Christmas shopping can be tricky, so to help you avoid the awkwardness that comes with gifting faux pas this Christmas, personalised gifts experts Getting Personal conducted a survey to reveal how the nation really feels about giving and receiving presents.
A great gift can be hugely meaningful, however, according to a new study, get it wrong and over 1 in 10 Brits (12%) would consider ending a friendship and a further 8% wouldn’t hesitate to cut all ties.
Speaking in partnership with Getting Personal, etiquette expert, William Hanson, has shared his top tips for further avoiding gifting faux pas’ this Christmas:
- Give something personal
“Giving something personal that is tailored to the recipient lies at the heart of good gift-giving. We’ve all received presents that are way short of the mark. Knowing the giver has put next to no thought into what they give you can be incredibly demoralising.”
- If you’re popular, you need to make a list
“If you’re socially popular and/or have a large family, it can confuse who you need to buy for, who buys for you, and what you got them last year. To make things as easy as possible, use a simple spreadsheet or note on your phone to record all this data. While it sounds like a hassle to set up, once it’s done, it will make your life a lot easier.”
- Never re-gift
“Two things: if you didn’t like it in the first place, why do you think someone else would like it? It’s basically silently saying, ‘This is cheap and nasty, but I thought you’d love it’.”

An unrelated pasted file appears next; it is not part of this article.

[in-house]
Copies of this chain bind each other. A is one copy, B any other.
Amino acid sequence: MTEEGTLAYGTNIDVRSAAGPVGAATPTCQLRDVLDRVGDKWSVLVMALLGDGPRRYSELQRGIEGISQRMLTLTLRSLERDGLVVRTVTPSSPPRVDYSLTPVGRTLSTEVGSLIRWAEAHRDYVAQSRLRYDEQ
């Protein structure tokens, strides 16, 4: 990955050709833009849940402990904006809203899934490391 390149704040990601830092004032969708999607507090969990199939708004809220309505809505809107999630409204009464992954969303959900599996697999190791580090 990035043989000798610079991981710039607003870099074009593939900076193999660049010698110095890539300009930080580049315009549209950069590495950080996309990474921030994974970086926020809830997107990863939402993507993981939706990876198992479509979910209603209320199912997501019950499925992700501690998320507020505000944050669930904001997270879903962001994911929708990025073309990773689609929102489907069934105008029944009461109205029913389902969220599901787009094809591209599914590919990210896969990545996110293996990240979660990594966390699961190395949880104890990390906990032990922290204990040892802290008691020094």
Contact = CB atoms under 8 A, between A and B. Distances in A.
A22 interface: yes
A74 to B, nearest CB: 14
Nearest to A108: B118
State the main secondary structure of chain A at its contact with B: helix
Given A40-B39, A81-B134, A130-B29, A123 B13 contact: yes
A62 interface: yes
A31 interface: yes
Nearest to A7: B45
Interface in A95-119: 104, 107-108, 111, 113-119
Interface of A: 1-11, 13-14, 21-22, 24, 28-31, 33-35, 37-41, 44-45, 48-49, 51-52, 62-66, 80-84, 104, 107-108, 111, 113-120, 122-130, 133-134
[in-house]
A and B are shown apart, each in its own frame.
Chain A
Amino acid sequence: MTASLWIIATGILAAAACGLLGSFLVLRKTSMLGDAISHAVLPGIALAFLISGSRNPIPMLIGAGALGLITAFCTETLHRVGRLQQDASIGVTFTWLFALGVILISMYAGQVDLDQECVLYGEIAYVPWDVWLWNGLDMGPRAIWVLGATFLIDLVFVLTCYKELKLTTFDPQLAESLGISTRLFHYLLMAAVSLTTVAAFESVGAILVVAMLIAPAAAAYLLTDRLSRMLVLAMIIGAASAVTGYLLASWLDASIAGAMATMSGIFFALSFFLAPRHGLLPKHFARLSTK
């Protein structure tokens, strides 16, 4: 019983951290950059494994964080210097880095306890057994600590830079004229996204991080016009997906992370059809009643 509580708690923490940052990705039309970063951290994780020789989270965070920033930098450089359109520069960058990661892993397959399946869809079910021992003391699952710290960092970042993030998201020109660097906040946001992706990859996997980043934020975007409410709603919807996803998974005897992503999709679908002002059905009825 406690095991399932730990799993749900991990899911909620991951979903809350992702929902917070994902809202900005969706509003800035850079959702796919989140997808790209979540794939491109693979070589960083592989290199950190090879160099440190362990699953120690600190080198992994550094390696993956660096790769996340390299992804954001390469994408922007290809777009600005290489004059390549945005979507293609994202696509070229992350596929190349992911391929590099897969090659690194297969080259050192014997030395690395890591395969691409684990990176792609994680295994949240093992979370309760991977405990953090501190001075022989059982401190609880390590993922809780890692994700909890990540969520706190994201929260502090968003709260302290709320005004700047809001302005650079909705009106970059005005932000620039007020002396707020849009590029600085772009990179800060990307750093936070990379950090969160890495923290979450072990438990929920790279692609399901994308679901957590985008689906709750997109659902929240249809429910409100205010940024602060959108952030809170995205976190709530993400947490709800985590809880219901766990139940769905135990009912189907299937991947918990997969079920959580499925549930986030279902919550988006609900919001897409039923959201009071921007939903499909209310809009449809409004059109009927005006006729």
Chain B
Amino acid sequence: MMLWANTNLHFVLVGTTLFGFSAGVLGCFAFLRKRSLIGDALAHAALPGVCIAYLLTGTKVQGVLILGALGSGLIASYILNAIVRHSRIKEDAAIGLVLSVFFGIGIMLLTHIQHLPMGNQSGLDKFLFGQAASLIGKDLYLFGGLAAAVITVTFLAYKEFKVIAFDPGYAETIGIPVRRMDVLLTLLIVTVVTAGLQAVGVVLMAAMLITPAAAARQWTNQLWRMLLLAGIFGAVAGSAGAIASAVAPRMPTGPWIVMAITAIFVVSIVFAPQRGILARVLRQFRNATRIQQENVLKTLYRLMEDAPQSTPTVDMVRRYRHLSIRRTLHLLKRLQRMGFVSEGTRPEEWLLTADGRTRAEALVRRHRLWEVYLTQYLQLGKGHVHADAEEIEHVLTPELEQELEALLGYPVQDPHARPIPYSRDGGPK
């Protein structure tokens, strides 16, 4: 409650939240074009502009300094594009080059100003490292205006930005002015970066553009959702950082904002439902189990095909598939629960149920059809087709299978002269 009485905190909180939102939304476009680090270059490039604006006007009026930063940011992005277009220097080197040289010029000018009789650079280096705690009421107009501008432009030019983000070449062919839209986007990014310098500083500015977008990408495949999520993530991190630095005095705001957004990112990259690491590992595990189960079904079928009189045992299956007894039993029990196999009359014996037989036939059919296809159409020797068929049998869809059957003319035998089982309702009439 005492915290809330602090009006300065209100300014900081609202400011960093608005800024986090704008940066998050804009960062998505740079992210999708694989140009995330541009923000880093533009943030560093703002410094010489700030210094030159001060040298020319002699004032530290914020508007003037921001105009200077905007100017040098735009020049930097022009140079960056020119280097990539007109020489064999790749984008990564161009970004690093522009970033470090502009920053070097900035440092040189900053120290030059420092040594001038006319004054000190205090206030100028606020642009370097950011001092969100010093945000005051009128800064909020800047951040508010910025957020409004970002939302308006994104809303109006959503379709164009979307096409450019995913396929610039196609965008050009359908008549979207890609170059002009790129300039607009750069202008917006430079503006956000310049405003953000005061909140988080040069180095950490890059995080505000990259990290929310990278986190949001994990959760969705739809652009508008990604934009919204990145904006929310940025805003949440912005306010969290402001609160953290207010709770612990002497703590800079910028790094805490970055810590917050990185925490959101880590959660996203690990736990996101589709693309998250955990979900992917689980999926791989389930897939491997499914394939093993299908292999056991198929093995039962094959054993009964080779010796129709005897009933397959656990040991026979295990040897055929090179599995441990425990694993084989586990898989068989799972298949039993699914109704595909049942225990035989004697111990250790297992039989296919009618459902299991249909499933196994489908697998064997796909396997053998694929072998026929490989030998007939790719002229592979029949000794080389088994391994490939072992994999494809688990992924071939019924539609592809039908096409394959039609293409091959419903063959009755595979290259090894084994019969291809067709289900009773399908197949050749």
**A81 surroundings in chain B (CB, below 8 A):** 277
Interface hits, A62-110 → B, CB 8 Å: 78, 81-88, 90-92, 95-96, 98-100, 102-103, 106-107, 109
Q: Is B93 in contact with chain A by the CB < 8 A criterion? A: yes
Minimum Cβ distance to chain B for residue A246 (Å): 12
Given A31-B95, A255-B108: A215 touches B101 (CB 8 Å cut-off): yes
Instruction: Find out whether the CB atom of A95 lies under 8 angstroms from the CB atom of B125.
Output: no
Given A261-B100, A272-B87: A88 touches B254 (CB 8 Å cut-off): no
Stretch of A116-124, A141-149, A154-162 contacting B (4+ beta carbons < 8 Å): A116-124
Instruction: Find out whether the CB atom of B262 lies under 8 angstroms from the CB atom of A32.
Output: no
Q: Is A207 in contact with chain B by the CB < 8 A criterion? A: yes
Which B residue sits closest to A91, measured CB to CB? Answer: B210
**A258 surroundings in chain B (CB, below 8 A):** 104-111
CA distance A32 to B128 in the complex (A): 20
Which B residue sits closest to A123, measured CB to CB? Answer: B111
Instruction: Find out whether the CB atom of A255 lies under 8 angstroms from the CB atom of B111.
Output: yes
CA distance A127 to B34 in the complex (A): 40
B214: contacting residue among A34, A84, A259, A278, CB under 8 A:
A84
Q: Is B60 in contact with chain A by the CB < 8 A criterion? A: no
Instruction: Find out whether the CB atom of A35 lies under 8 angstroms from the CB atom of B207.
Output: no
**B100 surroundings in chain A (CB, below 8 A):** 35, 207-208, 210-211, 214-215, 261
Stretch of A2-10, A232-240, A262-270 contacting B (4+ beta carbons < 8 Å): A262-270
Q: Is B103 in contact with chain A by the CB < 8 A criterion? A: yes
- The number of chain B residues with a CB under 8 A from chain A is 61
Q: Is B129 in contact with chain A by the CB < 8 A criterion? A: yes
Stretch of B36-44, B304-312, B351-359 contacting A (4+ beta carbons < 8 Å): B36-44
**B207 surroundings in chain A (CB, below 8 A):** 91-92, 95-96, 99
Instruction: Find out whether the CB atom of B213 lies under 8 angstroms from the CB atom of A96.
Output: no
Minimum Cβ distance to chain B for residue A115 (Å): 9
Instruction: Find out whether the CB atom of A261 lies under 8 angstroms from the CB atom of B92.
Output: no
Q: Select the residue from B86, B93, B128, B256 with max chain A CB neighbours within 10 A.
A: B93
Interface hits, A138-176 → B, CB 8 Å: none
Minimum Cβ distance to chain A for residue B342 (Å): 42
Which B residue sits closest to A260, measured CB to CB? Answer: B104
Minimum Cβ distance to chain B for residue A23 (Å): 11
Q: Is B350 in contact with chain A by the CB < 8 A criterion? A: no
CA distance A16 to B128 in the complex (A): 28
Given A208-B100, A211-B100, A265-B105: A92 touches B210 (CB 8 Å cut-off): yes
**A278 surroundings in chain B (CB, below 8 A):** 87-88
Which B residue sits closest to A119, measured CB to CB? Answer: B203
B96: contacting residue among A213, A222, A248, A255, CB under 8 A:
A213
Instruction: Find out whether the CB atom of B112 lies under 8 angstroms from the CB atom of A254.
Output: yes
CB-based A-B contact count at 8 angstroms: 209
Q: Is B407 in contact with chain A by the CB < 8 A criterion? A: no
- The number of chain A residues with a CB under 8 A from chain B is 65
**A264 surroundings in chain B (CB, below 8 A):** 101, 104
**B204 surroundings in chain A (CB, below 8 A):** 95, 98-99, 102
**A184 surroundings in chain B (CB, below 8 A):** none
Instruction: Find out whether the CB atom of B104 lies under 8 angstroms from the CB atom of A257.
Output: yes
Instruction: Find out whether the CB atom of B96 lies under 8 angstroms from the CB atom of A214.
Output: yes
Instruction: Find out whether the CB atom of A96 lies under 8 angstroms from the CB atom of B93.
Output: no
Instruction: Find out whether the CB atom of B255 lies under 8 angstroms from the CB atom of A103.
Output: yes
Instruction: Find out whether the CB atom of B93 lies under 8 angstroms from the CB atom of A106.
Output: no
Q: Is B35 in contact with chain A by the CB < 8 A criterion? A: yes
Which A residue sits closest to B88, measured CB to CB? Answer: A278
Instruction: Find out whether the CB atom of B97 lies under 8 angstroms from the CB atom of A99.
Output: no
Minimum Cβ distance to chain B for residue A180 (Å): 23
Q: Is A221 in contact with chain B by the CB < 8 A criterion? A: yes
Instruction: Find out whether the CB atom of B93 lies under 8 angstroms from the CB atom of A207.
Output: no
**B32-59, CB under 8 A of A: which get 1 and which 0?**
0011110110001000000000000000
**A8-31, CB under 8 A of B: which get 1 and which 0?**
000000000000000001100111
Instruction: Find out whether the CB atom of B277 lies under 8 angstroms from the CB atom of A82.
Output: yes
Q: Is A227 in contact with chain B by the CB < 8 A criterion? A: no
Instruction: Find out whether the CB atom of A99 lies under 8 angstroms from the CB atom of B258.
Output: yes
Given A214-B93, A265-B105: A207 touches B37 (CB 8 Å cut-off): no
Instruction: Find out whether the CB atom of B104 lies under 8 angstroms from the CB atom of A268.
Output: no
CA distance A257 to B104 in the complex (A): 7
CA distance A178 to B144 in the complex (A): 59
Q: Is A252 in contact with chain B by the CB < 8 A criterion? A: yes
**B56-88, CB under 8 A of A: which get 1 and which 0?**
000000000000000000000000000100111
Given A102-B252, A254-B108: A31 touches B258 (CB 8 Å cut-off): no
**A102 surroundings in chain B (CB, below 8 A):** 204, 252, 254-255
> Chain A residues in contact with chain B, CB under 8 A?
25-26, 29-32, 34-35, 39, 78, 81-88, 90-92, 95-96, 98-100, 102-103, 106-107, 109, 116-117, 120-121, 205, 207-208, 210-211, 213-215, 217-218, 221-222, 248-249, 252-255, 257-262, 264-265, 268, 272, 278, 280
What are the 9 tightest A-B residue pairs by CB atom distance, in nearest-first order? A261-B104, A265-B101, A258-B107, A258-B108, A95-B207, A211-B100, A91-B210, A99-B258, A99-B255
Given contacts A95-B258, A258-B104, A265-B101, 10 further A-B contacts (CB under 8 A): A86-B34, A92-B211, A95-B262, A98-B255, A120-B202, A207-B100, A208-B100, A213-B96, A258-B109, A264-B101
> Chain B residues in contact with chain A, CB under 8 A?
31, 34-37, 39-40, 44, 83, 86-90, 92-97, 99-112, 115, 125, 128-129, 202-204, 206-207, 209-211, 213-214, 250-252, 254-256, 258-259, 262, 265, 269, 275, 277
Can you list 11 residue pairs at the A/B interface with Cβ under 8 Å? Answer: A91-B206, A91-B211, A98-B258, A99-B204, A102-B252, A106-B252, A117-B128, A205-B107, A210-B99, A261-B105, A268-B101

- Don’t be too eager to gift
“With new romantic relationships, sometimes the heart takes over and the more grounded thoughts from the head are silenced. Don’t go too overboard with sentiment or budget if you really are in the early days. If you’re unsure whether you should get them anything, just ask them – communicate.”
The survey findings revealed that when it comes to new relationships, you should wait until you’ve been dating someone for four months before you even consider buying them a gift!
- Always bring a gift when visiting a house
“When visiting friends or family for Christmas dinner, it is still the correct form to bring a gift. This habit dates back to the 1930s in the USA, coming over to British shores in the 50s. Again, it is better to take something tailored to your host. If you know they love Italian Merlot, bring that. But don’t expect any host gifts to be consumed at the party. It’s a gift for the hosts at a later date.”
- Going off-list is okay… sometimes
“Let’s get this straight: going ‘off-list’ is not a crime. This applies to birthdays, Christmas and weddings. If someone has a gift registry or an ideas list, you do not have to select from it. You can pick your own present for them, so long as you keep it personal and tailored to them. Remember, you’re buying for them, not you.”
- You don’t need to open the gift in front of the giver
“While in the West it’s not taboo to open a present in front of the recipient, there is no expectation for you to do that. Once they have handed it over, it’s no longer in their control.”
- Always say thank you
“Whatever present you get, whether it’s great or gross, please do not forget to thank the giver. If they give it to you in person, you can thank them there and then, but a thank you letter, text, email or phone call will always be appreciated and never be incorrect.”
To browse unique, personalised gifts, perfect for Christmas, visit the Getting Personal website.